INDEED… in life, expect the unexpected!
I began my equine “novice-hood” by leasing and taking lessons on the glorious mare, Serenity!
She was both a “hot horse”, meaning even her walk was as fast as most others’ trots, and a gentle sweetheart.
She was so easy on the ground. When I’d clean her hooves, she’d just hand them to me. Harnessing, bridling, saddling…easy! About a month into my adventures with Serenity, the Houdini of a horse, Fritz :), had unlatched her stall door in the wee hours of the morning. She must have gotten out and gone running into some fencing because she was found cut and bleeding early the next morning.
Enter the good vet, Dr. Hilton. Serenity’s human and I rushed to the scene as he stitched her up, gave us instructions and predicted she would not be ride-able for at least six weeks. Her human, who had many different agendas with Serenity, was appalled. I had already fallen madly in love with this mare and I wasn’t going anywhere.
Thus began my journey of caring for Serenity. Her human rarely came around during this time. I went every day when she was stall bound and would groom her gently, massage her, give her treats, kiss her nostrils and just hang out with her. Soon we were given the okay to take her out, hand graze her and walk her gently.
She taught me things about horses that one doesn’t necessarily learn when actually riding them. She taught me how to be more authentic, patient and courageous. She taught me that the best place to shed one’s tears is burying one’s face in a sweet horse’s neck, while hugging them. She taught me that each horse is completely who they are and no two are alike. Eventually she healed.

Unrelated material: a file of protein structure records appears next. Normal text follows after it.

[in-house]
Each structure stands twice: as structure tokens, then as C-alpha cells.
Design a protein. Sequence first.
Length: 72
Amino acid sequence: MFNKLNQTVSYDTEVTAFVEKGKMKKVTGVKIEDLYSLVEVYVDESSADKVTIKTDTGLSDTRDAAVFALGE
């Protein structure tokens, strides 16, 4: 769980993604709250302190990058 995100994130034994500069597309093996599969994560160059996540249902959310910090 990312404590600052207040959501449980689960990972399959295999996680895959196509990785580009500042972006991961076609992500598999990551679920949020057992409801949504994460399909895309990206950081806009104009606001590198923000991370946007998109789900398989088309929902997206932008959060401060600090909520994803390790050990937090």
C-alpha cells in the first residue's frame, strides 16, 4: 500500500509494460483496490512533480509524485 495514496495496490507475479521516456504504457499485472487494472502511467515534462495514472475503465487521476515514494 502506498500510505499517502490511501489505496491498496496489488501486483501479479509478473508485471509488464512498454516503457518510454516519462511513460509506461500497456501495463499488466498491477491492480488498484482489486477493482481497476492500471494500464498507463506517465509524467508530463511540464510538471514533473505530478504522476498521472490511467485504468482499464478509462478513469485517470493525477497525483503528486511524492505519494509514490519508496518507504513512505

I had the honor of cutting off her final bandage. And the riding lessons commenced again.
So did my “accelerated education”…
I actually found myself observing a lot of human behavior that I found troubling. Behaviors like taking things personally when a horse doesn’t do what one wants them to do. I observed her human slapping her and violently longeing her when she wasn’t happy with her behavior. It was almost as though the human was acting out how her parents had treated her. Because I was only the” leasing human”, I had very little say in the matter and would often feel devastated and helpless with my stomach in knots.
After returning from a weeklong trip to Wyoming, which was ALL about horses, I went to ride Serenity and she was acting strange. She didn’t want the saddle on her, didn’t want to go forward, was wringing her tail constantly and on trail was jiggity beyond anything I had experienced. I ask her human’s permission to have Dr. Hilton look her over. He palpated her, did some other testing and provisionally diagnosed that she was incredibly sore in her hindquarters and needed rest for about 10 days.
Needless to say, her human was again appalled, showed up at the barn, tacked her up and put on a “demonstration” to show how not sore Serenity was. The whole time, Serenity just looked at me with hollow eyes and dropped her head obediently while being ridden.
It was at this junction that her human and I had to part ways. I could no longer participate in this. I often tearfully pleaded with her human, who was perpetually short of money, to let me buy her so that I could be her human and take care of her needs. But… no.
I would visit Serenity often in the weeks that followed. Then, one day, her human moved her to another barn. I was devastated, even though I had permission to see Serenity at the new barn. But my life had taken a swift and unusual turn…
Part Two Coming Soon!!! 🙂